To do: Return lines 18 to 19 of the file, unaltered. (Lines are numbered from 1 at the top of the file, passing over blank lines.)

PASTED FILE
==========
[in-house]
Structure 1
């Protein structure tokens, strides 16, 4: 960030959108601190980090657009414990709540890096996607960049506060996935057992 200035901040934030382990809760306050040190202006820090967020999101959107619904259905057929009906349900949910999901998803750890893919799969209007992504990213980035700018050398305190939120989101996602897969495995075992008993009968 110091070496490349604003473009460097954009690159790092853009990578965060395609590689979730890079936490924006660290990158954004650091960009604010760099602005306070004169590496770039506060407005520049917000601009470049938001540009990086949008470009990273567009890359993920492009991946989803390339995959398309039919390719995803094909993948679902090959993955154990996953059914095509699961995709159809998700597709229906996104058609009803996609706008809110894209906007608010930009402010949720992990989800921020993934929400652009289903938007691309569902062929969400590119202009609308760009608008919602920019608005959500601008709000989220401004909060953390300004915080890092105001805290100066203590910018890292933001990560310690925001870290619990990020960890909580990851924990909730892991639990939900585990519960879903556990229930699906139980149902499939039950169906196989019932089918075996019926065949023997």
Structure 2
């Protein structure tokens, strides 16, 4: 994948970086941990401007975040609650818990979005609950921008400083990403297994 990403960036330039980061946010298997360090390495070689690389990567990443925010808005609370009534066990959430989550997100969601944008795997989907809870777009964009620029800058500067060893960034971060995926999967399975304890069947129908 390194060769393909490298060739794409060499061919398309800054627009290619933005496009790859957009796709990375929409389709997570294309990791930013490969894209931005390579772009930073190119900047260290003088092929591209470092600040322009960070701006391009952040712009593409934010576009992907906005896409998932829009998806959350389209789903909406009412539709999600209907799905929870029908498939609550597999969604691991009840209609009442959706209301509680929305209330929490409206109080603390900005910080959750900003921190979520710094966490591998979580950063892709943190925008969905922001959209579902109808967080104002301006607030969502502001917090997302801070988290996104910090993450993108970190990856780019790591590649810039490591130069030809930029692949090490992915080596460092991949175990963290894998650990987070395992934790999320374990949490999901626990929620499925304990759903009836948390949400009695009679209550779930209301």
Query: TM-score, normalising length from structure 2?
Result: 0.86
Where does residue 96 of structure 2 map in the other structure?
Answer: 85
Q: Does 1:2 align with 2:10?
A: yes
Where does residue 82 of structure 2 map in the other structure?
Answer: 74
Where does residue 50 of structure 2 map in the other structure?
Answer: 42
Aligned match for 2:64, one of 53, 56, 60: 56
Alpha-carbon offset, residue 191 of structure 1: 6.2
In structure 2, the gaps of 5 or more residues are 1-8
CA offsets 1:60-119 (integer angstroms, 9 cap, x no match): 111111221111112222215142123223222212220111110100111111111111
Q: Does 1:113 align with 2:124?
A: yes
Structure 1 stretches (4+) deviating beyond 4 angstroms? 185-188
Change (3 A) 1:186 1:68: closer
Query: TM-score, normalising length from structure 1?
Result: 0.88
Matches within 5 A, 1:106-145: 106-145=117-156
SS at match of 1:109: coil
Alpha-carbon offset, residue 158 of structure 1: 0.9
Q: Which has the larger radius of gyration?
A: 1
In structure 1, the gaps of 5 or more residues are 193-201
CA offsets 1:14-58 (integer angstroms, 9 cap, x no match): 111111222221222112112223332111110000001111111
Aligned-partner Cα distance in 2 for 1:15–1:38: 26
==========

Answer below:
In structure 2, the gaps of 5 or more residues are 1-8
CA offsets 1:60-119 (integer angstroms, 9 cap, x no match): 111111221111112222215142123223222212220111110100111111111111